This, Coker tells Bleacher Report, is Phase 3.

"I think Phase 2 was really our international expansion and our continued growth in free agency, our signing free agents," Coker says.

Several of those free agents will be in featured bouts on Saturday night; Chael Sonnen, Wanderlei Silva, Ryan Bader, Phil Davis, Lorenz Larkin and Matt Mitrione were all signed by Coker after their UFC deals ended. Save for Larkin, all were known commodities in the UFC.

SAITAMA, JAPAN - DECEMBER 31:  Fedor Emelianenko of Russia enters the ring prior to the bout Rizin Fighting World Grand Prix against Singh Jaideef of India during the Rizin Iza Saltation at Saitama Super Arena on December 31, 2015 in Saitama, Japan.  (Pho
Etsuo Hara/Getty Images

Coker also nabbed Fedor Emelianenko, considered by many pundits to be the greatest heavyweight in the history of the sport. After a decade of teases, it was thought to be a foregone conclusion that Emelianenko would finally sign with the UFC. In the end, Coker won his services yet again.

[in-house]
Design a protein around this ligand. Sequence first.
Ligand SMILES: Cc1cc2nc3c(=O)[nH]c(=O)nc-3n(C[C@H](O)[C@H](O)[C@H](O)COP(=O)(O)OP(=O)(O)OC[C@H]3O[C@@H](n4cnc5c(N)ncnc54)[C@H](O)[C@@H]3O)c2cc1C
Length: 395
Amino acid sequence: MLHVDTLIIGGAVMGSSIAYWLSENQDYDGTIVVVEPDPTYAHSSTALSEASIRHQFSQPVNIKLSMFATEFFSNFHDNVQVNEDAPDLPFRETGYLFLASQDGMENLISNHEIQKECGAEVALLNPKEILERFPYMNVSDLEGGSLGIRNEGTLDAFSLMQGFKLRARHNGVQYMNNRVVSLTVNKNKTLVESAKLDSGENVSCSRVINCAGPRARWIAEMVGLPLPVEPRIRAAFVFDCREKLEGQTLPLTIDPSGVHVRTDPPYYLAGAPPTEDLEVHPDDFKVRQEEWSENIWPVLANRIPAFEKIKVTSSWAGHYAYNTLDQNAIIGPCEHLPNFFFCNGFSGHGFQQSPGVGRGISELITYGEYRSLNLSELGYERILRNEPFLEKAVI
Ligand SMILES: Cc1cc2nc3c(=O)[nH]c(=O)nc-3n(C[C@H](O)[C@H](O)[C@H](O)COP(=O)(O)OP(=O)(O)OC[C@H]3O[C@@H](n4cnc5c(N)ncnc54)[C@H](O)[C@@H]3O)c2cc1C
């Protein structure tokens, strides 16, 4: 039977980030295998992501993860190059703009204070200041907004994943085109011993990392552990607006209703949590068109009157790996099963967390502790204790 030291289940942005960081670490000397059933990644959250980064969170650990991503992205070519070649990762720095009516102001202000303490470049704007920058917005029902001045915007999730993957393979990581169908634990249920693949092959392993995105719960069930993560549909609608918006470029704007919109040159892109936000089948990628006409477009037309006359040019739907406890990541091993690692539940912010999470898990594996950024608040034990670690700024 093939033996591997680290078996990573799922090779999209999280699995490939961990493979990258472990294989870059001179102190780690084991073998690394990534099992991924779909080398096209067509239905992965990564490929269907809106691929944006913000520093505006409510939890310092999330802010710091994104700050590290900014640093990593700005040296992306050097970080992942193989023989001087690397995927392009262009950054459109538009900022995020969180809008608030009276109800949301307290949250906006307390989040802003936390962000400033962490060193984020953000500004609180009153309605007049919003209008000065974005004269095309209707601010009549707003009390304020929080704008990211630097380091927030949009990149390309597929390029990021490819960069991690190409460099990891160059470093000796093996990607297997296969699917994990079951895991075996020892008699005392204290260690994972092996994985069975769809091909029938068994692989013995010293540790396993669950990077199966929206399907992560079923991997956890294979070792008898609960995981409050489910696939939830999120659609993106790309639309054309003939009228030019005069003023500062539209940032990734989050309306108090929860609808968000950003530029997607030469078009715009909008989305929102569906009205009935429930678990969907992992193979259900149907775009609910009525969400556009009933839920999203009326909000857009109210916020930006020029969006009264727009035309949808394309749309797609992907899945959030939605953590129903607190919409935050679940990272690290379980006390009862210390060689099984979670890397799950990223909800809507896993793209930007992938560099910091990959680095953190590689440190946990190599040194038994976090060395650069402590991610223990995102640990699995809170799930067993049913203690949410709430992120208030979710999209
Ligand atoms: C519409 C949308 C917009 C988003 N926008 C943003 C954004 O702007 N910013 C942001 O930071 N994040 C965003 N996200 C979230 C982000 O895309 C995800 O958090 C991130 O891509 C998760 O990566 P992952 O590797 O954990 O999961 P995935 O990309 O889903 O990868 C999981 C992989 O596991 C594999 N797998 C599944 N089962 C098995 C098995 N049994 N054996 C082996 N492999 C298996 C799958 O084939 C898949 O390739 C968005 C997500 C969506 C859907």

Sonnen, in particular, strikes Coker as a notable pickup, largely due to the fighter's outsized personality. "I love having Chael as part of the roster," Coker says. "He can promote like nobody's business."

John Locher/Associated Press/Associated Press

And though he isn't competing Saturday night, the signing of Rory MacDonald—one of the world's best welterweights who is still in his prime—is a highlight for Coker's Bellator tenure.

"I think we have the best welterweight division in mixed martial arts right now," Coker says, and it is hard to disagree with him. "And Rory is a big part of that, along with Douglas Lima and all the other killers we have at welterweight.

"Having Rory come over shows that we're not just going to be in the business of doing legends fights and fun fights. And we're not just going after up-and-comers. We're going to go after every free agent that we can in order to have a robust roster. And that includes guys who are the top fighters in the world."


Mike Goldberg (right)
Mike Goldberg (right)Ed Mulholland/Zuffa LLC/Getty Images

Coker's Viacom-backed free-agent spending spree hasn't been limited to athletes, either. Earlier this year, veteran UFC public relations staffer Ryan Grab was brought into the fold as the new director of communications.

And Bellator recently announced the signing of two important new talents: longtime UFC play-by-play man Mike Goldberg and the ultra-talented Mauro Ranallo, who has called a swathes of combat sports events over the years and who will be the play-by-play voice for the August boxing match between Floyd Mayweather Jr. and Conor McGregor.